Renault SA's posted net income slightly down in 2001 at EUR1,051m, versus EUR1,080m in 2000. However, the results would have been considerably worse but for a positive contribution of EUR497m from Nissan.

Operating margin slumped from declined from EUR473m from EUR2.022b in the previous year. The company blamed weaker international sales, hit by crises in Turkey and Argentina, as well as the impact of higher R&D expenditure prior to a period of major product renewal for Renault.

It was also noted by the company that vehicle prices were cut in the UK, while equipment levels were enhanced also and the costs of that were not passed on to the customer.

An ageing model line-up has also adversely affected Renault's competitive position, particularly in Europe.

Renault is planning a major model revamp over the next few years. Some 20 new models across the group's car and commercial vehicle ranges are planned over the 2002-2004 period, 15 of which will be on the Renault nameplate. The company says that the action will bring the average age of the range to slightly above 3 years by 2004, versus approximately 4.5 years in 2001/2002.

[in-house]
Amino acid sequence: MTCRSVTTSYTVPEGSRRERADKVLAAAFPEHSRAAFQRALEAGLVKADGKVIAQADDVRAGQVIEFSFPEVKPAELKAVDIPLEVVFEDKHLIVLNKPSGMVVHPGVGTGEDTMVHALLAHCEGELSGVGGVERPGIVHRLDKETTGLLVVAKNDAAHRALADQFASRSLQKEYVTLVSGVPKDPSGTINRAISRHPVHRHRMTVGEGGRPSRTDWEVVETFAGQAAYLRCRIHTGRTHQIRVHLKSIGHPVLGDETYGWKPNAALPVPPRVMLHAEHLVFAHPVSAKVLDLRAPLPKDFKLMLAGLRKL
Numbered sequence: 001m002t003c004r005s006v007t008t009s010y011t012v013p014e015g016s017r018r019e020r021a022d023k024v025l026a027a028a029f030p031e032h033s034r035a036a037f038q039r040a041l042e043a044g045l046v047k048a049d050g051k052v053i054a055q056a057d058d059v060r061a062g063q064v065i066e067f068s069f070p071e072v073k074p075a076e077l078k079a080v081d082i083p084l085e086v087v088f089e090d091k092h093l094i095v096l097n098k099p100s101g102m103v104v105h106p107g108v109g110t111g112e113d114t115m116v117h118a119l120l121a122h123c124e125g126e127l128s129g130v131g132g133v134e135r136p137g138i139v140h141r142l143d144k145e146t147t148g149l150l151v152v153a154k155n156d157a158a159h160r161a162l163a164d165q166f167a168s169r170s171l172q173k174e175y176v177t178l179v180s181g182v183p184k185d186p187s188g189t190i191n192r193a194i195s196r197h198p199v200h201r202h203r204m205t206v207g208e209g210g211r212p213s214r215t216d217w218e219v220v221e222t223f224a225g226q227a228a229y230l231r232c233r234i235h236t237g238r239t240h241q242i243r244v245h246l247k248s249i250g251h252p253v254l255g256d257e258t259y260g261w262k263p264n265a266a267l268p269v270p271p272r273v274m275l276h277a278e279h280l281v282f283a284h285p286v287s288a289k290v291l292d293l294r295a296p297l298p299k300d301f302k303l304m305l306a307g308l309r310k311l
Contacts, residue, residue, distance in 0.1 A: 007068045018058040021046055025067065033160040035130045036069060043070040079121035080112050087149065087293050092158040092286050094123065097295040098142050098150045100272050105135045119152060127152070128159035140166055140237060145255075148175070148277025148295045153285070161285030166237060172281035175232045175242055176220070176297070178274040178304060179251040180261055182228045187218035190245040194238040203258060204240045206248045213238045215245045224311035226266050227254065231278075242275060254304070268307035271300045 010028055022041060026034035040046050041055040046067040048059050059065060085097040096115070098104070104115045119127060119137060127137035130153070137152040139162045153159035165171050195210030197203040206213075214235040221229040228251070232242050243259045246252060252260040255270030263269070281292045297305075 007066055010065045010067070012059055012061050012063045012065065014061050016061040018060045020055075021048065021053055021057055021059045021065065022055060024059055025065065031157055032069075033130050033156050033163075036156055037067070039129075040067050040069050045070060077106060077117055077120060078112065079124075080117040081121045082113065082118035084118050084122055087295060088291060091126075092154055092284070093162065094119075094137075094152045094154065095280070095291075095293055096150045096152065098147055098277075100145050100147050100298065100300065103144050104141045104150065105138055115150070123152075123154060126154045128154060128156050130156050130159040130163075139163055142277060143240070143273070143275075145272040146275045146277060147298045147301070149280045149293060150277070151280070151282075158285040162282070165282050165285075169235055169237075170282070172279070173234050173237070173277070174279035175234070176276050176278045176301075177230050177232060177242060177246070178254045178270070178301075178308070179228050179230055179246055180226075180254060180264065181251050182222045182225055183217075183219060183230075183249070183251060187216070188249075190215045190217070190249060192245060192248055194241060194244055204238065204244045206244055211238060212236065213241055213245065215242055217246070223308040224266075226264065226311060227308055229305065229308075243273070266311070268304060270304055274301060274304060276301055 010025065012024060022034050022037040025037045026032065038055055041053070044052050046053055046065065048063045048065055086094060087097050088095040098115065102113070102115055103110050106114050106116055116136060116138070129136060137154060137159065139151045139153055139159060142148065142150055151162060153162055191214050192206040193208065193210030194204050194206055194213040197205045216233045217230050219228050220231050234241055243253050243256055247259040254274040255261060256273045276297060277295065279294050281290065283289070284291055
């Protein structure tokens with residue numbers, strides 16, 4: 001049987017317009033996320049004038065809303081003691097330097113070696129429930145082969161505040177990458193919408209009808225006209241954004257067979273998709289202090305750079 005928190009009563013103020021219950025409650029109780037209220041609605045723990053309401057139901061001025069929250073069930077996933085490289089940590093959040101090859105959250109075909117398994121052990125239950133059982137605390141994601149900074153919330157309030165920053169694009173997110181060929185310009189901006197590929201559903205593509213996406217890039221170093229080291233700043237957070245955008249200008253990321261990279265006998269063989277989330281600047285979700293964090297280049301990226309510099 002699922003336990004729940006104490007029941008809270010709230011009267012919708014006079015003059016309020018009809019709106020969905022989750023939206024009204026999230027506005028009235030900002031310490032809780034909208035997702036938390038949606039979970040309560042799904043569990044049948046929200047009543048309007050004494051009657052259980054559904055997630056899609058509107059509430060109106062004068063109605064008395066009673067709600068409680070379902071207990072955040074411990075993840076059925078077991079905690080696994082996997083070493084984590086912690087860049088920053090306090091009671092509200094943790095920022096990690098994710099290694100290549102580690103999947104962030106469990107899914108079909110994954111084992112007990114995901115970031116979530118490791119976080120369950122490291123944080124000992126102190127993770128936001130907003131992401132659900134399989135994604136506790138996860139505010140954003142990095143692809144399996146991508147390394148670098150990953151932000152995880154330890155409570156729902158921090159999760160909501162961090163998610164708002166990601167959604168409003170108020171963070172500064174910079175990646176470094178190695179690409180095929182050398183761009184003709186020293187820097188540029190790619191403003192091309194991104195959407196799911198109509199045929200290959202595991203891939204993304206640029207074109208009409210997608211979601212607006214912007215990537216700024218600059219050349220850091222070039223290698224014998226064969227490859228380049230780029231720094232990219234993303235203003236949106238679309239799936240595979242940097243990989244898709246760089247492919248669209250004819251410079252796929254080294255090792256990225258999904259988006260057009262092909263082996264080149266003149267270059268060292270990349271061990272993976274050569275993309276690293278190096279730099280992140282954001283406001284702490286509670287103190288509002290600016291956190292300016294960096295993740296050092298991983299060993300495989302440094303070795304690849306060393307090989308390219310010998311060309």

In calendar year 2001, the combined Renault-Nissan Group sold approximately 5 million vehicles globally. Nissan sold around 2.6 million and Renault 2.4 million units.